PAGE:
Discerning the scribes of the Dead Sea Scrolls

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Discerning the scribes of the Dead Sea Scrolls

Scientists use state-of-the-art technology to discover more about those who wrote ancient texts discovery 70 years ago

Maps show the aleph and bet characters from the Scrolls
Maps show the aleph and bet characters from the Scrolls

Dutch scientists have used artificial intelligence and deep learning to discover more about the anonymous scribes behind the Dead Sea Scrolls.

Discovered 70 years ago, the scrolls contain the oldest manuscripts of the Hebrew Bible and previously unknown ancient Jewish texts. They have since been studied extensively, but their authors have remained elusive.

Now, University of Groningen researchers say they have helped crack the code, presenting their findings in the journal PLOS ONE last week.

Some manuscripts have been attributed to one scribe based on handwriting, but, to date, this has been visual guesswork.

“They would try to find a smoking gun in the handwriting, for example, a very specific trait in a letter that would identify a scribe,” said Mladen Popović, a professor of Hebrew Bible and Ancient Judaism. He teamed up with Lambert Schomaker, a professor of computer science and artificial intelligence, who uses techniques in which computers read handwriting, in a project funded by the European Research Council.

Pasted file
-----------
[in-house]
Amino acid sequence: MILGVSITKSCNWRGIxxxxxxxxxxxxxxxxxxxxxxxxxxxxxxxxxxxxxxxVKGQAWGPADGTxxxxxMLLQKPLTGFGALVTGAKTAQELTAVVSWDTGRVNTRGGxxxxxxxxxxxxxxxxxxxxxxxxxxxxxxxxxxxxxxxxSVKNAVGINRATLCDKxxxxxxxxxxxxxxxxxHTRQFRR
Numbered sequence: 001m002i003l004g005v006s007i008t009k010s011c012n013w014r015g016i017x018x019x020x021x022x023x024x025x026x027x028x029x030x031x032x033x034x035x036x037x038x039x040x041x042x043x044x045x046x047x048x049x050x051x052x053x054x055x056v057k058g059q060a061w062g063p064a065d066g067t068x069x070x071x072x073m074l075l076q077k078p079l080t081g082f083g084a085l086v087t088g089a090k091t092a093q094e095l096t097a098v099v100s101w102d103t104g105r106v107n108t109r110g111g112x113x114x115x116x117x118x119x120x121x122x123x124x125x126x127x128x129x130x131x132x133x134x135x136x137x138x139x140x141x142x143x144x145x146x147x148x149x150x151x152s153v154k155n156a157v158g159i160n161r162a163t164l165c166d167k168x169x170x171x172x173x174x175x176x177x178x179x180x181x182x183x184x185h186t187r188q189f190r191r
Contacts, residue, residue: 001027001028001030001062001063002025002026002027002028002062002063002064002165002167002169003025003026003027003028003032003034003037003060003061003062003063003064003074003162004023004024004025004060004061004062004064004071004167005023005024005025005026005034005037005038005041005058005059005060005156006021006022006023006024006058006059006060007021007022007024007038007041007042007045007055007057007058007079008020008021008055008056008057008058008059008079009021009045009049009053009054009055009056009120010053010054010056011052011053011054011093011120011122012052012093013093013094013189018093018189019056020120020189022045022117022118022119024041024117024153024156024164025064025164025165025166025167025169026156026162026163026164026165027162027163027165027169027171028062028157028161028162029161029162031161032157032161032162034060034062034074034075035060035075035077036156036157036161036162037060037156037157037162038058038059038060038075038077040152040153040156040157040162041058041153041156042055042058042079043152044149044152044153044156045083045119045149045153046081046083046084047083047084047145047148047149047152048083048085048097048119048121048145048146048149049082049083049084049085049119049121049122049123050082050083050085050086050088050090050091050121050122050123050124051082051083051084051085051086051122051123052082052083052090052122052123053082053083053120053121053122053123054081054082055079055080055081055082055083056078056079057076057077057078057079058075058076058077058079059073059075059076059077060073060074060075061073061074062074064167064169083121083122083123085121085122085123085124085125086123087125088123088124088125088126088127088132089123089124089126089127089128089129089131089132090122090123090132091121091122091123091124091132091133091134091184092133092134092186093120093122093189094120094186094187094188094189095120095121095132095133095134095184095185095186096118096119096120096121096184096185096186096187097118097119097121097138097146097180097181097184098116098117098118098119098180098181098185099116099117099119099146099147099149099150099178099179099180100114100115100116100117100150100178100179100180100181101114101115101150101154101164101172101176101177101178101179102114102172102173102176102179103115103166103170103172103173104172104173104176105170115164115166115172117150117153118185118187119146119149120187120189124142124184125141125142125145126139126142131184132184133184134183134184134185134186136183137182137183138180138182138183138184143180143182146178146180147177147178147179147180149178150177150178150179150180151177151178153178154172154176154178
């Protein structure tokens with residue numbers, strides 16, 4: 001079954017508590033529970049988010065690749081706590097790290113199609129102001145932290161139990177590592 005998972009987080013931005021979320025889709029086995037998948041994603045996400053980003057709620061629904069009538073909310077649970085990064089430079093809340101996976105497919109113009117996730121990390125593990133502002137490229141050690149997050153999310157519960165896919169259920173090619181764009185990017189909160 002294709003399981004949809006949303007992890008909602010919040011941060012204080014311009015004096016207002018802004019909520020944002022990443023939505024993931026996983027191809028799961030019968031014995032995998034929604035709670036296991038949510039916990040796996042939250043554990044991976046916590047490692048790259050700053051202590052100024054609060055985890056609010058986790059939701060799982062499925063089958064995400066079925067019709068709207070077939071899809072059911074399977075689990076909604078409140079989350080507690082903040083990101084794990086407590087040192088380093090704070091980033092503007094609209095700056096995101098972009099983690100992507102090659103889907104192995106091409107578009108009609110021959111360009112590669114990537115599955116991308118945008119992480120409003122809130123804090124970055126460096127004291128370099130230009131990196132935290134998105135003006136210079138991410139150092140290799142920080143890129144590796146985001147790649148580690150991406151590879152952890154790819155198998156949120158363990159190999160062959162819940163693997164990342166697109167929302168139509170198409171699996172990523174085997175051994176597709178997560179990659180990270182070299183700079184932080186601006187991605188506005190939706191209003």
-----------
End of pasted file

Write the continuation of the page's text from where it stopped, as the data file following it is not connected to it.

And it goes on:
Schomaker looks at biomechanical traits – such as how we hold a pen and the way this affects our writing – and focused on the famous Great Isaiah Scroll from Qumran Cave 1, the handwriting on which seems near uniform.

“This scroll contains the letter aleph [a] at least 5,000 times,” said Schomaker. Computers, he explained, are well able to
analyse large datasets. The team needed an algorithm to separate the text (ink) from its background (the leather or the papyrus). Analysing textural and allographic features, the team showed that the 54 columns of text in the Great Isaiah Scroll fell into two distinct groups that were not distributed randomly through the scroll, but clustered, showing more than one writer.

Using heat maps to incorporate all the variants of a character, they also “found evidence for a very similar writing style shared by the two Great Isaiah Scroll scribes, which suggests a common training or origin”, said Popović. 

“This opens a new window on the ancient world to reveal more intricate connections between the scribes.”

Maps show the aleph and bet characters from the Scrolls



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